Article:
The single-track in the snow
 There were 2 laps to go after the crash, so I continued to ride at a hard pace and try to keep Sarah from catching me. By then my feet were numb and I was clumsy through the barriers and run-up, and my derailleurs were covered with grass and mud so I dropped my chain twice, despite these problems I was able to hold on for the win. It was a good lesson for how to dress for the colder races--I need to work on keeping my feet warmer! It was nice to race close to home and with my friends. Thanks to Eric Greenwood for the race photos.

Up next I leave for the next USGP. The Derby Cup in Louisville, KY next weekend. I've put in some good training over the last 2 weeks and I'm ready for some racing! Thanks for reading!

The greasy mud run-up was not nice on the numb feet!

Monday, October 31, 2011

Back to the Front Range

Chasing Heather and Amanda early in the race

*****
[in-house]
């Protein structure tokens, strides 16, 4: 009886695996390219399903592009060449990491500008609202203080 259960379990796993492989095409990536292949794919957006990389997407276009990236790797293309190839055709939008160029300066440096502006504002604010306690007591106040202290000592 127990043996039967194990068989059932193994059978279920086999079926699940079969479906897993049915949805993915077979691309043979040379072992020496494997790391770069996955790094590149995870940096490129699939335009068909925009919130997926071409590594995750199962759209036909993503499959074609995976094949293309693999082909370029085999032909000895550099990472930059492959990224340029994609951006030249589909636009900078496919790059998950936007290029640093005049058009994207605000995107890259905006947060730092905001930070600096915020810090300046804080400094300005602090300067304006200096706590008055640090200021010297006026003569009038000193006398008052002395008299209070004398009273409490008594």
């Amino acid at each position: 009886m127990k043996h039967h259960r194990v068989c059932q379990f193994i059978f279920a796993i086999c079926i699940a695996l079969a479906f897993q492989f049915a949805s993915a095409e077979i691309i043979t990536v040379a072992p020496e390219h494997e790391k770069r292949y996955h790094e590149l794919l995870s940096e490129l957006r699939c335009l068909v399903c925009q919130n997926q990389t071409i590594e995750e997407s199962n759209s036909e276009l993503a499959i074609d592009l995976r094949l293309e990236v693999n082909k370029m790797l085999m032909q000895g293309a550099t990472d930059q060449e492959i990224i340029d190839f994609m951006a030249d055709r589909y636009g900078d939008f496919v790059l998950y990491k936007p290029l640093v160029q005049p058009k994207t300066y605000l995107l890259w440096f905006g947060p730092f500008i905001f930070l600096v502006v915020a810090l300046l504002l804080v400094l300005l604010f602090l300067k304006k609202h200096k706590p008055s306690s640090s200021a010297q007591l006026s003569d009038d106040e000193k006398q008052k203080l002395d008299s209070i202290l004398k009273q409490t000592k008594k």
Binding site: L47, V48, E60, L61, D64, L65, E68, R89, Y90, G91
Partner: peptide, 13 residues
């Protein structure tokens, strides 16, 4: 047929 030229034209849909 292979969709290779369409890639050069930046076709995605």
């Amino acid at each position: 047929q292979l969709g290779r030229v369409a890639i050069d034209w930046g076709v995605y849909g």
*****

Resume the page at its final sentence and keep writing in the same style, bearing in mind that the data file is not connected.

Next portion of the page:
We loaded up the truck yet again for another road trip to the Front Range region of Colorado. This time for the Colorado Cross Classic and the Boulder Cup for a 2-day cross weekend. I was full of excitement and eager to race after 2 weeks of training. I got my race fix over those 2 long weeks by getting up at 5 am the previous 2 Sundays to watch the online, live feed of the women's World Cup races in Czech. I was aiming for a top 10 finish both days to cap off the 2 week training block, I figured that would be a nice reward for all the hard work!!Since there are quite a few racers who live in Colorado, I figured most of them would be on the start list, and I was right. The usual top 10 or so (minus Katerina Nash) were on the list when I went to pick-up my numbers the evening before the race. I was quite pleased when the official checking us in sounded a bit surprised when she looked up my information, "Oh, a ranked rider?! It seems you have 18 UCI points." I quickly agreed with her before anyone else could hear. A mere 18 points is slightly embarrassing for those of you who don't know how the UCI points work. To put things in perspective, Katie Compton who is currently leading the points rankings has over 1,600 points! Granted, she is the best in the world however, most of the riders I race against have totals ranging from 100-200. I anxiously waited for the official to pull out my numbers and was stoked when she pulled out #12 for Saturday and #13 for Sunday. This was the first cyclocross race that I actually got a "real" call-up instead of drawing a number out of a bag all the while crossing  my fingers that it would be somewhere in the twenties. But this time, I would get a second row start both days!